Winding your way through the icy channels of the legendary Northwest Passage is history brought to life. On this compelling 17-day journey aboard our game-changing new vessel Ultramarine, passengers retrace the steps of the intrepid Franklin Expedition, which left the shores of England in 1845 in search of the last unexplored section of the Northwest Passage—only to become permanently icebound. Its discovery more than a century and a half later was a much-celebrated moment in polar history.

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Starting from $14,495

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Solo PanoramaExplorer TripleExplorer SuiteBalcony SuiteDeluxe Balcony SuiteTerrace SuitePenthouse SuiteOwner's SuiteUltra Suite
Aug 2, 2021 - Aug 18, 2021$20,495
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Itinerary

Day 1: Arrive in Toronto, Canada

Your Arctic expedition begins in Toronto. Explore this vibrant city on your own before spending the night at your well-appointed hotel.

Day 2: Fly to Kangerlussuaq, Greenland and Embark

After breakfast, board your charter flight to Kangerlussuaq, a small seaside community that’s your gateway to Greenland. Enjoy your first Zodiac ride as you’re transferred from shore to ship. Out on deck, take in your new surroundings before you set sail on your Arctic adventure.

Days 3 and 4: Exploring West Greenland

Cruising around the remote regions of Greenland and the Canadian Arctic aboard Ultramarine, the newest ship in our fleet, you’ll navigate the same icy inlets, channels and bays that fascinated legendary explorers of long ago. Designed to give polar adventurers unprecedented access to the hardest-to-reach places on the planet—and equipped with two onboard twin-engine helicopters for unparalleled access to areas only Quark Expeditions can bring you—this one-of-a-kind ship, in its inaugural year, will take you beyond the familiar in polar exploration. Throughout your journey, your Expedition Team will keep an eye toward immersing you in the best the Arctic has to offer at the top of the world. Locals call Maniitsoq the Venice of Greenland, as it’s situated in an archipelago intersected by natural canals. Soaring, snow-capped mountains surround the small, rocky town, whose name means “the uneven place.” Playful humpback whales spend summer in the waters around here.

The Greenlandic capital of Nuuk is a haven for history and culture lovers. Stroll down to the waterfront to see the Hans Egede Church and Hans Egede statue, named for the missionary who established the settlement in 1728. Marvel at the famous remains of 500-year-old fully dressed mummies, discovered under a rock outcrop in 1972 by two brothers out hunting, at the Greenland National Museum. The Nuuk Art Museum and Katuaq Culture Centre are also worth visiting.

Day 5: At Sea

Say goodbye to Greenland’s shores as you traverse the Davis Strait in pursuit of the Canadian Arctic. Presentations by on-board experts will prepare you for the adventures that lie ahead.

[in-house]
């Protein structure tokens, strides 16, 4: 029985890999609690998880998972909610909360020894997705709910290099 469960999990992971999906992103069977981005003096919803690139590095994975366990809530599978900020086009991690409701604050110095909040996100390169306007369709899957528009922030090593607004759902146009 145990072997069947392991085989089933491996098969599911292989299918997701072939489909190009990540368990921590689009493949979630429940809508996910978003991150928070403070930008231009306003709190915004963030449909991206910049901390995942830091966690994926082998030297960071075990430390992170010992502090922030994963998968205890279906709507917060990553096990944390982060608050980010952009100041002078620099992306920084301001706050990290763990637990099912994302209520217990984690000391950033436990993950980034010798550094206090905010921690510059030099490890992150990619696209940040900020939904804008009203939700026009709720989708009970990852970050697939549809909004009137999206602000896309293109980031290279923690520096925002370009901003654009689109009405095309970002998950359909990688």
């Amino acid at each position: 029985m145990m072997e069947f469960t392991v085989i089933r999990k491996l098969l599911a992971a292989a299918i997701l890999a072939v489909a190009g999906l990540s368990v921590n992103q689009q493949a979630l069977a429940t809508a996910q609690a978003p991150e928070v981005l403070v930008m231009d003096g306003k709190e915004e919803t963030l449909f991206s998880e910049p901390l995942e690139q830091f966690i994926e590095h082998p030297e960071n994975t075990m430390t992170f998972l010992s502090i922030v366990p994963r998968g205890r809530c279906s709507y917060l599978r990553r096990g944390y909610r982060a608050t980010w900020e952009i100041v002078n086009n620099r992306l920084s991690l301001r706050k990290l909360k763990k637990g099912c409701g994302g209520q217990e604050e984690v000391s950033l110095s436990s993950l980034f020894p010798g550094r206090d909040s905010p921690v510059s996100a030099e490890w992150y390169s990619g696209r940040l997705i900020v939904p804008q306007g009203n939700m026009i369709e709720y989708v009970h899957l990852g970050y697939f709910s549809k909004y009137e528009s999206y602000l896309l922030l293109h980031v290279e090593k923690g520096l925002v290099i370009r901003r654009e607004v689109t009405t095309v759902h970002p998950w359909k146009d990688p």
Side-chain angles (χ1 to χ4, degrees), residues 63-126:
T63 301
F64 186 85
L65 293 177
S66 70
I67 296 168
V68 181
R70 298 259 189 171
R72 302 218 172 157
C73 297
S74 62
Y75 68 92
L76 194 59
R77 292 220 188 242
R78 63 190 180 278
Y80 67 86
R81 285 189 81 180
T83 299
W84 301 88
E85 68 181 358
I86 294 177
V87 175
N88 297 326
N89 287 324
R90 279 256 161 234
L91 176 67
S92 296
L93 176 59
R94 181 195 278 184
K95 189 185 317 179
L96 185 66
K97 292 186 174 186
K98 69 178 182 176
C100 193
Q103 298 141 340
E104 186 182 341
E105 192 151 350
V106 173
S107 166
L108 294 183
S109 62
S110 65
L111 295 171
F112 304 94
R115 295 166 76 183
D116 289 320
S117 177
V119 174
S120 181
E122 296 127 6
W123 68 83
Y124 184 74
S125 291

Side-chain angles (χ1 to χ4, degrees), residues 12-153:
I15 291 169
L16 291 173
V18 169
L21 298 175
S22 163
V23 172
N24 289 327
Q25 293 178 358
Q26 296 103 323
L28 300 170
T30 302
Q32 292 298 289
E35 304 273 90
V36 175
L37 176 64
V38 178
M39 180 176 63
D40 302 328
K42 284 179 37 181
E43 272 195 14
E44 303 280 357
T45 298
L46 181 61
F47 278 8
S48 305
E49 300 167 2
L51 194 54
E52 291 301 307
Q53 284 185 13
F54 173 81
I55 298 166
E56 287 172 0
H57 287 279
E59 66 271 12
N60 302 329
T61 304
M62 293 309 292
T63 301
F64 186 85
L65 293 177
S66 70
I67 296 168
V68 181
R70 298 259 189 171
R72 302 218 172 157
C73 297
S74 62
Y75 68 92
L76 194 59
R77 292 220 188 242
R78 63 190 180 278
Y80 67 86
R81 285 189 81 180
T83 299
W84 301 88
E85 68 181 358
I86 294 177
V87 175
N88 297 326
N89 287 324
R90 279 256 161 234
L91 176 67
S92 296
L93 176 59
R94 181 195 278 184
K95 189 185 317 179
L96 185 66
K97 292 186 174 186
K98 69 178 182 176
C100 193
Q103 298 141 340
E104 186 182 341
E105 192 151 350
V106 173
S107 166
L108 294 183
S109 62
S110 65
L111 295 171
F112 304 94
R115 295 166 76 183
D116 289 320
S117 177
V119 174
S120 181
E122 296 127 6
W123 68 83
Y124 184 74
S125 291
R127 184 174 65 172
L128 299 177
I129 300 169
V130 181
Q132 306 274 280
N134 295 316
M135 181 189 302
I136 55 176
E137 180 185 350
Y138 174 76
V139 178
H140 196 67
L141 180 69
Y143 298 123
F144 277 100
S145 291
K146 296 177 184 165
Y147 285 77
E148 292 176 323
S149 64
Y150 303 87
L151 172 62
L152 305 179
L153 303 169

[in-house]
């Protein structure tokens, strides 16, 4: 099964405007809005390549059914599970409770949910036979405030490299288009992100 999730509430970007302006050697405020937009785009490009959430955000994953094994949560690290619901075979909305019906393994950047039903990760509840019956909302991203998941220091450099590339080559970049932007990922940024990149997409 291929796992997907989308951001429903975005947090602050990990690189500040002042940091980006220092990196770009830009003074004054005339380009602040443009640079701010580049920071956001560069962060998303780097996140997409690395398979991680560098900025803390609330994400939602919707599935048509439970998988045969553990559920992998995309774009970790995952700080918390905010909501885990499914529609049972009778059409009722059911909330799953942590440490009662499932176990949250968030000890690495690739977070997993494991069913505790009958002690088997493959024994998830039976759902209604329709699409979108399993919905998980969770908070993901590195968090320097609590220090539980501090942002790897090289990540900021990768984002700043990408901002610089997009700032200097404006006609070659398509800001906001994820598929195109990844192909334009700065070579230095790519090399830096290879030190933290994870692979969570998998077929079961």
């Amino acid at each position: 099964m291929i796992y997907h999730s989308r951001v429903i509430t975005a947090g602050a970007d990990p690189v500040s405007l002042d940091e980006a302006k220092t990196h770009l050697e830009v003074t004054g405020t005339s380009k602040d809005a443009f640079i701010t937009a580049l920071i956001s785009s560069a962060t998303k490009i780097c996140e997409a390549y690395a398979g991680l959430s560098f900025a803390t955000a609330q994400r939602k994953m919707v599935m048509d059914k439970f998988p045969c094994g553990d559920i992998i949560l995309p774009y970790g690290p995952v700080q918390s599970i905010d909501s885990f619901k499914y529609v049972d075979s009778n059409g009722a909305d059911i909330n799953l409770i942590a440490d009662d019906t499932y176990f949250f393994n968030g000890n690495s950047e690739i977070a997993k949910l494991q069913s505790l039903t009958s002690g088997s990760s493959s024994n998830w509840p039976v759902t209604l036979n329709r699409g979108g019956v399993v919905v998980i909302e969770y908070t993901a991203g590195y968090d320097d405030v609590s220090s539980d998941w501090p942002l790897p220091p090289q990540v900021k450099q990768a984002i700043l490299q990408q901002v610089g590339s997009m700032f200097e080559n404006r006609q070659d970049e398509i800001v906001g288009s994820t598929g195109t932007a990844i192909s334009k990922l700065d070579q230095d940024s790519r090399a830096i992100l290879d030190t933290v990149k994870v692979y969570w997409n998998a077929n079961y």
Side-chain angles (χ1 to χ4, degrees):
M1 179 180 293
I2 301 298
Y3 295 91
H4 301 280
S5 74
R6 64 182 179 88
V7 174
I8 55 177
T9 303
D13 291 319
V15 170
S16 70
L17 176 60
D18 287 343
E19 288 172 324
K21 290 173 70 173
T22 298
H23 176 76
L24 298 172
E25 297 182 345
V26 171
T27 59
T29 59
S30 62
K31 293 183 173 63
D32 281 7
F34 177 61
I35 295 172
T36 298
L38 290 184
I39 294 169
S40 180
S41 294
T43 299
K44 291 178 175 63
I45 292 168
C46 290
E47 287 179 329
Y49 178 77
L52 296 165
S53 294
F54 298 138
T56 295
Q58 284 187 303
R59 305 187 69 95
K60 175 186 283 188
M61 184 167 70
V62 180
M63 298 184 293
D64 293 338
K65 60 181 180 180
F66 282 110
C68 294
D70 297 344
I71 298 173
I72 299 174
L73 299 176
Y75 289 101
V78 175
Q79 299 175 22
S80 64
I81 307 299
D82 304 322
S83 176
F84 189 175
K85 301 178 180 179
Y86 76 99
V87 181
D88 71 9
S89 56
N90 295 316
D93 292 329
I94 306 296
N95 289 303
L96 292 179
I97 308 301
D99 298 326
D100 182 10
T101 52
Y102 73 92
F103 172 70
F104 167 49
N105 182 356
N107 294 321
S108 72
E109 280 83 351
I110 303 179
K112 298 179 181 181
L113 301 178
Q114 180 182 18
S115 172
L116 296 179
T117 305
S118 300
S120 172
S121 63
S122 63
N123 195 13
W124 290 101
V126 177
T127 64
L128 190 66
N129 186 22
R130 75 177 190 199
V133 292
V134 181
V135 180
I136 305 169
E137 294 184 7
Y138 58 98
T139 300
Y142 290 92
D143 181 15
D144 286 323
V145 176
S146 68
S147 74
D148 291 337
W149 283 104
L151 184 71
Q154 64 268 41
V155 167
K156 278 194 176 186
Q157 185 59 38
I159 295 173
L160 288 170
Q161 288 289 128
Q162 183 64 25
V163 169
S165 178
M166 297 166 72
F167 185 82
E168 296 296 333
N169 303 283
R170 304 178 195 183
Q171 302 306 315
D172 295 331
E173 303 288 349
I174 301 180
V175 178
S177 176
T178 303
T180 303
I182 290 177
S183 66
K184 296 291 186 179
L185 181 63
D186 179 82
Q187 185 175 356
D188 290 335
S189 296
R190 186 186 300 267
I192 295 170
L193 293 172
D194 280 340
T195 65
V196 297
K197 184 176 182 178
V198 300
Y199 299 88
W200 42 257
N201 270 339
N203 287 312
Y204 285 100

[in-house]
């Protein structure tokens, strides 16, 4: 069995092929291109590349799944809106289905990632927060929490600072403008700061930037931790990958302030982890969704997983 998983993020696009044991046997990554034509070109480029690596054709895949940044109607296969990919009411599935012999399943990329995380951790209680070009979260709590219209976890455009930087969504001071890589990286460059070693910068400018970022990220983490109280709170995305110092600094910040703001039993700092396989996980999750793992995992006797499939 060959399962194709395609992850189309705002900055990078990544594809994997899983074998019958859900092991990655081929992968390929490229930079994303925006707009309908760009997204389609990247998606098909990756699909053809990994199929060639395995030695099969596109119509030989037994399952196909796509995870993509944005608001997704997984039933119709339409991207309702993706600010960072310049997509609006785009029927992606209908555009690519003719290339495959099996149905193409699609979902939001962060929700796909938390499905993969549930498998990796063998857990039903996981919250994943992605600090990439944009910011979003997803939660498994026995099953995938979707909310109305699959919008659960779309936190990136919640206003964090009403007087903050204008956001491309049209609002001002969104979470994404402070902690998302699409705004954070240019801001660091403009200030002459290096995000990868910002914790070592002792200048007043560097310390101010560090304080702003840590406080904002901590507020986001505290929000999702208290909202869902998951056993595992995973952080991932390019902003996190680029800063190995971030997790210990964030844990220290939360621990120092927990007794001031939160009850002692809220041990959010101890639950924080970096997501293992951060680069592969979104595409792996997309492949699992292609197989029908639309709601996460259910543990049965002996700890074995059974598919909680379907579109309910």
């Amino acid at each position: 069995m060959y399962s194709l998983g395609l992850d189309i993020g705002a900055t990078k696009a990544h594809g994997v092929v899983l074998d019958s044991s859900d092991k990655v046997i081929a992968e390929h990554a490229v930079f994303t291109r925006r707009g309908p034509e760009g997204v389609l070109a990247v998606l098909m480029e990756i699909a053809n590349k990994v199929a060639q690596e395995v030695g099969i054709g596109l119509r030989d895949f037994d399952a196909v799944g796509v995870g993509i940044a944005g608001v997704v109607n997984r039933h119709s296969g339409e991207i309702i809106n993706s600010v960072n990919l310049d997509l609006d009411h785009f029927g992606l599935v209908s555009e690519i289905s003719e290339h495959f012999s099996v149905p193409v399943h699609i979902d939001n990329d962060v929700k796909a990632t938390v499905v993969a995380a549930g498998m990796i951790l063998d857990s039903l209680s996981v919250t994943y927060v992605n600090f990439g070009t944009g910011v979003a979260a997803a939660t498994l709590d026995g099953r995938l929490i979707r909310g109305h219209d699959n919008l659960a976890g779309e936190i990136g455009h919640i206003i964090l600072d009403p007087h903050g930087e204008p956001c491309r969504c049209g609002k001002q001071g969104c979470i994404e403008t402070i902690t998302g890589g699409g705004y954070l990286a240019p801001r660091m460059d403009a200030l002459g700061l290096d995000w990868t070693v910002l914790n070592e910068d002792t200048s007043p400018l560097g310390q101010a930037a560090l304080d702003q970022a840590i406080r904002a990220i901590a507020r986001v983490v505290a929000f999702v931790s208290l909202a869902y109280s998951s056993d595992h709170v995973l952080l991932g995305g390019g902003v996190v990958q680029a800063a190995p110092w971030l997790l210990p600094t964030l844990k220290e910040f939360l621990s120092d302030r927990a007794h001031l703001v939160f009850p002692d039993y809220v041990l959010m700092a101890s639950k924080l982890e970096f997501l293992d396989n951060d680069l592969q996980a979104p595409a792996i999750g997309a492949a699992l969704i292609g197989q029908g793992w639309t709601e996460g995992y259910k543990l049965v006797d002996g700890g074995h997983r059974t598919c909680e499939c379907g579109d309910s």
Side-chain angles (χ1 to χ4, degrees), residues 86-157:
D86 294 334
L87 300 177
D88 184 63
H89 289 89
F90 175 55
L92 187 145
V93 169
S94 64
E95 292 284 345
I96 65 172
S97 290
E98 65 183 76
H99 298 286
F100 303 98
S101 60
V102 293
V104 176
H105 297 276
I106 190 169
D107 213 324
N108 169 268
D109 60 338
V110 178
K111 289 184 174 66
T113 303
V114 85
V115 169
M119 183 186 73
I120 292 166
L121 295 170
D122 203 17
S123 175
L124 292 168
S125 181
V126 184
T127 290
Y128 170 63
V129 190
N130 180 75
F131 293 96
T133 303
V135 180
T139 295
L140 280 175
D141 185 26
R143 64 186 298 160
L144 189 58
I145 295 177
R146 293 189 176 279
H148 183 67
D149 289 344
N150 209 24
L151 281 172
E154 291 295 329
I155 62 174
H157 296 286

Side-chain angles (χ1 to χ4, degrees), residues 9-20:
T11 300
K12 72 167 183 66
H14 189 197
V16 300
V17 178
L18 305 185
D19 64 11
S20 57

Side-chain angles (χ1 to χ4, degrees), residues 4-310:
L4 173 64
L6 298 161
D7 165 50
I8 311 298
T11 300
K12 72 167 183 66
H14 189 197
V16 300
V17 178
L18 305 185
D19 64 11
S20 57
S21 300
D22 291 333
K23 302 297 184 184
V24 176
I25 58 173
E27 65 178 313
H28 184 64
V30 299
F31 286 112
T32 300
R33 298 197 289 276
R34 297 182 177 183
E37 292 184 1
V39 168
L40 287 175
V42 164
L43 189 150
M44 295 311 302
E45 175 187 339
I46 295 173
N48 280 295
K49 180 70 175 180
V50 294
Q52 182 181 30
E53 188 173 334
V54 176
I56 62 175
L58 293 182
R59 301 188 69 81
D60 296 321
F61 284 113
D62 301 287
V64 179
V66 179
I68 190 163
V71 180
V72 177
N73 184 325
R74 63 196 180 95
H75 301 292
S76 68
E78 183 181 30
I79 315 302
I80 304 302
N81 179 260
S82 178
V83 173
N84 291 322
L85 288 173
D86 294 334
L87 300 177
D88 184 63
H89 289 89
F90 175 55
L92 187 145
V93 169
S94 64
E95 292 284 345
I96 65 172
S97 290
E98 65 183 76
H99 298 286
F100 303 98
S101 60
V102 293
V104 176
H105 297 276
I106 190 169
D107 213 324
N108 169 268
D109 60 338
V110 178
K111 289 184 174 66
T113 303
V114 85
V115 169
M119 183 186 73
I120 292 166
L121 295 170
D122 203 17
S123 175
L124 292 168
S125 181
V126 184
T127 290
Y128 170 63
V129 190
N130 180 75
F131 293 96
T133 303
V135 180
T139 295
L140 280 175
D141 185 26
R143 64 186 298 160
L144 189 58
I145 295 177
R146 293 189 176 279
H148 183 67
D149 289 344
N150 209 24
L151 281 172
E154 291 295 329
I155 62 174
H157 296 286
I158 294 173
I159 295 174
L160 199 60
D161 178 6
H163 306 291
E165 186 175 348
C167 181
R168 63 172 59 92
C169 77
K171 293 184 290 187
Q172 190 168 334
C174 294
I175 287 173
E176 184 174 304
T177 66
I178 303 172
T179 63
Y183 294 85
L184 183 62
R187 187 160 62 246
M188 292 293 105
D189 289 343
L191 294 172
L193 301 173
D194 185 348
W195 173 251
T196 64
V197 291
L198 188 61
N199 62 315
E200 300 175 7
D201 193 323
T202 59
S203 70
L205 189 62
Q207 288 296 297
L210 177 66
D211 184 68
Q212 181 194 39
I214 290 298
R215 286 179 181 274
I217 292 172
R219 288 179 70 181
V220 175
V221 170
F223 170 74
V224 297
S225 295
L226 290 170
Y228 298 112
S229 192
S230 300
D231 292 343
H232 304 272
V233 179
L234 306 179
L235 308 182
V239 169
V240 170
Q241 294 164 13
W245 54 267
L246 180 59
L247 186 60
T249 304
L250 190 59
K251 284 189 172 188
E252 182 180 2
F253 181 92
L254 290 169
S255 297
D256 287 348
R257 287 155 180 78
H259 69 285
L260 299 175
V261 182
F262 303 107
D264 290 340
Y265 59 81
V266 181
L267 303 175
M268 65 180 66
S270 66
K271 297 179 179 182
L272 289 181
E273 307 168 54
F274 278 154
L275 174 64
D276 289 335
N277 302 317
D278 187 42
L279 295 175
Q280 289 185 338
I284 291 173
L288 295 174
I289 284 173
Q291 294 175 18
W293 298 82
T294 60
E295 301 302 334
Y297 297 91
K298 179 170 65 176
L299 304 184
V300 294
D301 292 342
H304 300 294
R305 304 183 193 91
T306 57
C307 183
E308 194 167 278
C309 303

Days 6 to 15: Exploring Canada's High Arctic

Visit towering fjords, historical sites and traditional Inuit communities as you follow in the footsteps of famous explorers from long ago in the Canadian High Arctic.

The picturesque Inuit hamlet of Pangnirtung, nicknamed the Switzerland of the Arctic, is nestled beneath the jagged peaks of Mount Duval. An artist’s hub, Pang is renowned for its traditional Inuit arts and crafts, especially lithographs and intricate tapestries. At the Uqqurmiut Centre for Arts & Crafts, watch craftspeople in the tapestry studio and pick up a limited-edition print. A must for visitors, a colorful Pang hat will keep you warm during the remainder of your Arctic voyage. You’ll also visit nearby Kekerten, an uninhabited island that was a major whaling destination in the 1800s.

At the southern tip of the Cumberland Sound, Cape Mercy was named by British explorer John Davis (yes, he of the Davis Strait), who sailed through it in 1585. The site of an old Distant Early Warning Line installation, it’s an ideal spot to go ashore for a hike.

As icebergs travel down the Davis Strait, they’re naturally trapped at Qikiqtarjuak (formerly known as Broughton Island), the iceberg capital of the world. The icy waters here are sometimes also home to narwhals, beluga and right whales, and ring and harp seals. A hike up to the hilltop inukshuk (a stone figure made by the Inuit) rewards with spectacular views of the community.

Cruising farther north along the east coast of Baffin Island, we’ll approach Isabella Bay, an important summer and fall feeding area for a large population of bowhead whales.

Stacked side by side, the dozens of soaring cliffs of Sam Ford Fjord make for a majestic site as you sail by. One of the most isolated places on the planet, the big-wall playground attracts climbers eager to scale the sheer rock faces that shoot straight out of the sea.